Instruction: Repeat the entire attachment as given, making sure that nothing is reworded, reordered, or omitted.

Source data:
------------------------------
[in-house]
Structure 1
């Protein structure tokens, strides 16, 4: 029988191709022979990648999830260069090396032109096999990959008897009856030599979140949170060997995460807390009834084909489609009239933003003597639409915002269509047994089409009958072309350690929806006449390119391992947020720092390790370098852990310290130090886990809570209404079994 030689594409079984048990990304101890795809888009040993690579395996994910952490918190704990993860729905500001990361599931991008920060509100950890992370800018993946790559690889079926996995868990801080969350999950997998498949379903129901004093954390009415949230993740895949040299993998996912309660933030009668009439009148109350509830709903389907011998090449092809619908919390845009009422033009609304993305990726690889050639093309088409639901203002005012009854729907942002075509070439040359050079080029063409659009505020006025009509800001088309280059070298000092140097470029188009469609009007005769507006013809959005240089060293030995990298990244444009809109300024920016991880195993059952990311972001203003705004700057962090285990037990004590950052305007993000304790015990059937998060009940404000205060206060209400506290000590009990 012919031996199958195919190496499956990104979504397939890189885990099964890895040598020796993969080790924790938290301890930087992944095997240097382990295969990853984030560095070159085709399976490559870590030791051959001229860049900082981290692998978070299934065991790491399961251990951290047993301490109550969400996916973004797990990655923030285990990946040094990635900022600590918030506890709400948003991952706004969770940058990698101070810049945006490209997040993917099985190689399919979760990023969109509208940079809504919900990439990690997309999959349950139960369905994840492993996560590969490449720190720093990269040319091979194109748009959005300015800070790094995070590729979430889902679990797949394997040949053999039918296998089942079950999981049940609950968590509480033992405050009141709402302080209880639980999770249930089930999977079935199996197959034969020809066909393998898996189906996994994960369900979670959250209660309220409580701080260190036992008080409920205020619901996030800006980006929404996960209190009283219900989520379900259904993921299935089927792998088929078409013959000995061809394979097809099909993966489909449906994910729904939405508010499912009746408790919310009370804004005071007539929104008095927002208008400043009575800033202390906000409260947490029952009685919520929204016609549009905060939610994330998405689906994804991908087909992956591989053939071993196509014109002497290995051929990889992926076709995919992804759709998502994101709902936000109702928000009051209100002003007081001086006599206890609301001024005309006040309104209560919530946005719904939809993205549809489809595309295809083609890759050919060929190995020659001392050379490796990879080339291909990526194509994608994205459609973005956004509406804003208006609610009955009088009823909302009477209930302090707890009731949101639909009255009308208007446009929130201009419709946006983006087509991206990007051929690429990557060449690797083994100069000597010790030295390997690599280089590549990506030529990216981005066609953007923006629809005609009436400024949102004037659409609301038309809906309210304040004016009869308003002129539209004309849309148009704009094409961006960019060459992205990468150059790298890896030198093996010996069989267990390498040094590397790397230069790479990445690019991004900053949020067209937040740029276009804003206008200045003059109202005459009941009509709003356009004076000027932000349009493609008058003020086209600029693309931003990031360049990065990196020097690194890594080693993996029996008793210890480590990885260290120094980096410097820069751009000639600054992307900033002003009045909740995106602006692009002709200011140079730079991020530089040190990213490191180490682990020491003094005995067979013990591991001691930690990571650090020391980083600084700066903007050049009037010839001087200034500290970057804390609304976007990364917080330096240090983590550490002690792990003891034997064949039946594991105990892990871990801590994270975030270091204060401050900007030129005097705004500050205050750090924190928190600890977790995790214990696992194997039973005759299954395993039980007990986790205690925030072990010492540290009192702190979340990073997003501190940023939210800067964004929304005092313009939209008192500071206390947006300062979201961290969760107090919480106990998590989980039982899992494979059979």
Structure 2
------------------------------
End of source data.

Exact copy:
[in-house]
Structure 1
């Protein structure tokens, strides 16, 4: 029988191709022979990648999830260069090396032109096999990959008897009856030599979140949170060997995460807390009834084909489609009239933003003597639409915002269509047994089409009958072309350690929806006449390119391992947020720092390790370098852990310290130090886990809570209404079994 030689594409079984048990990304101890795809888009040993690579395996994910952490918190704990993860729905500001990361599931991008920060509100950890992370800018993946790559690889079926996995868990801080969350999950997998498949379903129901004093954390009415949230993740895949040299993998996912309660933030009668009439009148109350509830709903389907011998090449092809619908919390845009009422033009609304993305990726690889050639093309088409639901203002005012009854729907942002075509070439040359050079080029063409659009505020006025009509800001088309280059070298000092140097470029188009469609009007005769507006013809959005240089060293030995990298990244444009809109300024920016991880195993059952990311972001203003705004700057962090285990037990004590950052305007993000304790015990059937998060009940404000205060206060209400506290000590009990 012919031996199958195919190496499956990104979504397939890189885990099964890895040598020796993969080790924790938290301890930087992944095997240097382990295969990853984030560095070159085709399976490559870590030791051959001229860049900082981290692998978070299934065991790491399961251990951290047993301490109550969400996916973004797990990655923030285990990946040094990635900022600590918030506890709400948003991952706004969770940058990698101070810049945006490209997040993917099985190689399919979760990023969109509208940079809504919900990439990690997309999959349950139960369905994840492993996560590969490449720190720093990269040319091979194109748009959005300015800070790094995070590729979430889902679990797949394997040949053999039918296998089942079950999981049940609950968590509480033992405050009141709402302080209880639980999770249930089930999977079935199996197959034969020809066909393998898996189906996994994960369900979670959250209660309220409580701080260190036992008080409920205020619901996030800006980006929404996960209190009283219900989520379900259904993921299935089927792998088929078409013959000995061809394979097809099909993966489909449906994910729904939405508010499912009746408790919310009370804004005071007539929104008095927002208008400043009575800033202390906000409260947490029952009685919520929204016609549009905060939610994330998405689906994804991908087909992956591989053939071993196509014109002497290995051929990889992926076709995919992804759709998502994101709902936000109702928000009051209100002003007081001086006599206890609301001024005309006040309104209560919530946005719904939809993205549809489809595309295809083609890759050919060929190995020659001392050379490796990879080339291909990526194509994608994205459609973005956004509406804003208006609610009955009088009823909302009477209930302090707890009731949101639909009255009308208007446009929130201009419709946006983006087509991206990007051929690429990557060449690797083994100069000597010790030295390997690599280089590549990506030529990216981005066609953007923006629809005609009436400024949102004037659409609301038309809906309210304040004016009869308003002129539209004309849309148009704009094409961006960019060459992205990468150059790298890896030198093996010996069989267990390498040094590397790397230069790479990445690019991004900053949020067209937040740029276009804003206008200045003059109202005459009941009509709003356009004076000027932000349009493609008058003020086209600029693309931003990031360049990065990196020097690194890594080693993996029996008793210890480590990885260290120094980096410097820069751009000639600054992307900033002003009045909740995106602006692009002709200011140079730079991020530089040190990213490191180490682990020491003094005995067979013990591991001691930690990571650090020391980083600084700066903007050049009037010839001087200034500290970057804390609304976007990364917080330096240090983590550490002690792990003891034997064949039946594991105990892990871990801590994270975030270091204060401050900007030129005097705004500050205050750090924190928190600890977790995790214990696992194997039973005759299954395993039980007990986790205690925030072990010492540290009192702190979340990073997003501190940023939210800067964004929304005092313009939209008192500071206390947006300062979201961290969760107090919480106990998590989980039982899992494979059979």
Structure 2